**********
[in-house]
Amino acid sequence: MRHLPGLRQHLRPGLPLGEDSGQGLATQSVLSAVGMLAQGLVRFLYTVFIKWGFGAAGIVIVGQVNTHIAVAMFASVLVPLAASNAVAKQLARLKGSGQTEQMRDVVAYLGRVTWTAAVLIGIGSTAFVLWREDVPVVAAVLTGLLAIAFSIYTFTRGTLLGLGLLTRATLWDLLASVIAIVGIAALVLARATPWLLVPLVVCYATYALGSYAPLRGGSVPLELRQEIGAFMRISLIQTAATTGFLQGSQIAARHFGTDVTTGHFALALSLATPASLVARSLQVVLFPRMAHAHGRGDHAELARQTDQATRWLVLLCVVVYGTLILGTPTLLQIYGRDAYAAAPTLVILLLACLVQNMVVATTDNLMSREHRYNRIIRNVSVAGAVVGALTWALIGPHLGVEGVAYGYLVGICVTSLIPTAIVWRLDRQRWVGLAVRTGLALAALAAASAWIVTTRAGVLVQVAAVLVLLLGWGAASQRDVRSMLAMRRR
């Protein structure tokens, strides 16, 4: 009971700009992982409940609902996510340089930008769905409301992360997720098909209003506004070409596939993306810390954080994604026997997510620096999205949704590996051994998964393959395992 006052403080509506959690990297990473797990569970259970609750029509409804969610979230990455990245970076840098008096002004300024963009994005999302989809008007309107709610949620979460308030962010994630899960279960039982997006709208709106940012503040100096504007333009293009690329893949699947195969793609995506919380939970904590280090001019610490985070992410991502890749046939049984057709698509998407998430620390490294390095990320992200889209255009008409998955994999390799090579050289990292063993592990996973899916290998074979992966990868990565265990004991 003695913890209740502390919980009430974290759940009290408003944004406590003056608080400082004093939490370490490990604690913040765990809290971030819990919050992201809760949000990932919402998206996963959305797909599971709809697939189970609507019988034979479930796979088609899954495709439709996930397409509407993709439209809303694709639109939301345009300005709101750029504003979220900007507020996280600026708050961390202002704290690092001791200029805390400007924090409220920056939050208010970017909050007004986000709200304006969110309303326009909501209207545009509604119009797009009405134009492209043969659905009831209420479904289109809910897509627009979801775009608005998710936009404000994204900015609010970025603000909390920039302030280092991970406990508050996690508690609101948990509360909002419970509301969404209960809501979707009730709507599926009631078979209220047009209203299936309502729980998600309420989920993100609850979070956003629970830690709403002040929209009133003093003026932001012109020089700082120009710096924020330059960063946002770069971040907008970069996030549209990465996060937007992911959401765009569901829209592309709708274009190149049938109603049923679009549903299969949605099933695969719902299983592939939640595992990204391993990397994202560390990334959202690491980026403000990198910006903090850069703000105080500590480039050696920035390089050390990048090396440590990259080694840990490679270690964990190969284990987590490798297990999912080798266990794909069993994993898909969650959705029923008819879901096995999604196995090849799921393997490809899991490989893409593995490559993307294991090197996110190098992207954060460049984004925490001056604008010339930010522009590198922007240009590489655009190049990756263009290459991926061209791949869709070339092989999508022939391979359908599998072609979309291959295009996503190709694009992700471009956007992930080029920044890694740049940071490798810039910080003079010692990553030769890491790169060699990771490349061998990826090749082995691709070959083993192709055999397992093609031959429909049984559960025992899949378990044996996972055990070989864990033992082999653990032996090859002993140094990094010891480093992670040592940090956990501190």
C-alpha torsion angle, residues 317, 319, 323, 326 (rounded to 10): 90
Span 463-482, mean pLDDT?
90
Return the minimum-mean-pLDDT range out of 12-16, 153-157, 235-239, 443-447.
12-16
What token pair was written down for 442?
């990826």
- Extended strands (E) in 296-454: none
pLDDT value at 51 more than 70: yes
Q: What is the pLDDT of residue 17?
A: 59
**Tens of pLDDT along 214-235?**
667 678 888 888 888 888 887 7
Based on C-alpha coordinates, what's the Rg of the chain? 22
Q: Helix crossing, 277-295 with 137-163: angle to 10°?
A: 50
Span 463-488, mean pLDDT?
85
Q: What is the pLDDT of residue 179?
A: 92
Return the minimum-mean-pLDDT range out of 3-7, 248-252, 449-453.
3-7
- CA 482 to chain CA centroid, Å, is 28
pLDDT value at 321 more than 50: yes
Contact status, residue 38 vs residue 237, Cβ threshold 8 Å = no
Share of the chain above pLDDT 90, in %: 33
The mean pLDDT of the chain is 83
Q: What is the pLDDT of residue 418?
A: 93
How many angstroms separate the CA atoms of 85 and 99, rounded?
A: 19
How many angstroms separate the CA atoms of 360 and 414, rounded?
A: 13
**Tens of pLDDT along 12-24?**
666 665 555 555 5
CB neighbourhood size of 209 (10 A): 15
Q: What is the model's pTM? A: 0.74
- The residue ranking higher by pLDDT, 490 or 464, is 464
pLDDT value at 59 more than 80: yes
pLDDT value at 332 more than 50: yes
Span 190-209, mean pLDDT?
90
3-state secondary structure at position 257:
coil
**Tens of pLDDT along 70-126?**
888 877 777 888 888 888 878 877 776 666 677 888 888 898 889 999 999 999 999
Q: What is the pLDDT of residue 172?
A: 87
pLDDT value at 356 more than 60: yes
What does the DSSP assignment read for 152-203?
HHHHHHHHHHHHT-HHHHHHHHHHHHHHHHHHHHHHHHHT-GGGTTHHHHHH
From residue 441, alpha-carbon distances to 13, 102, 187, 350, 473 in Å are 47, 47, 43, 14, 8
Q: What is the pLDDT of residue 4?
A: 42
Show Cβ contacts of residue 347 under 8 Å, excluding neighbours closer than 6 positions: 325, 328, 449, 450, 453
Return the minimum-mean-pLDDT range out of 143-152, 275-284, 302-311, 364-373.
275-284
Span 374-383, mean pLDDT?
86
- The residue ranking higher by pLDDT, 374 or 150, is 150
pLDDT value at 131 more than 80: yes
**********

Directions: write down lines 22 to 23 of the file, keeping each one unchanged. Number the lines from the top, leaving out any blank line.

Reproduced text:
Q: What is the pLDDT of residue 179?
A: 92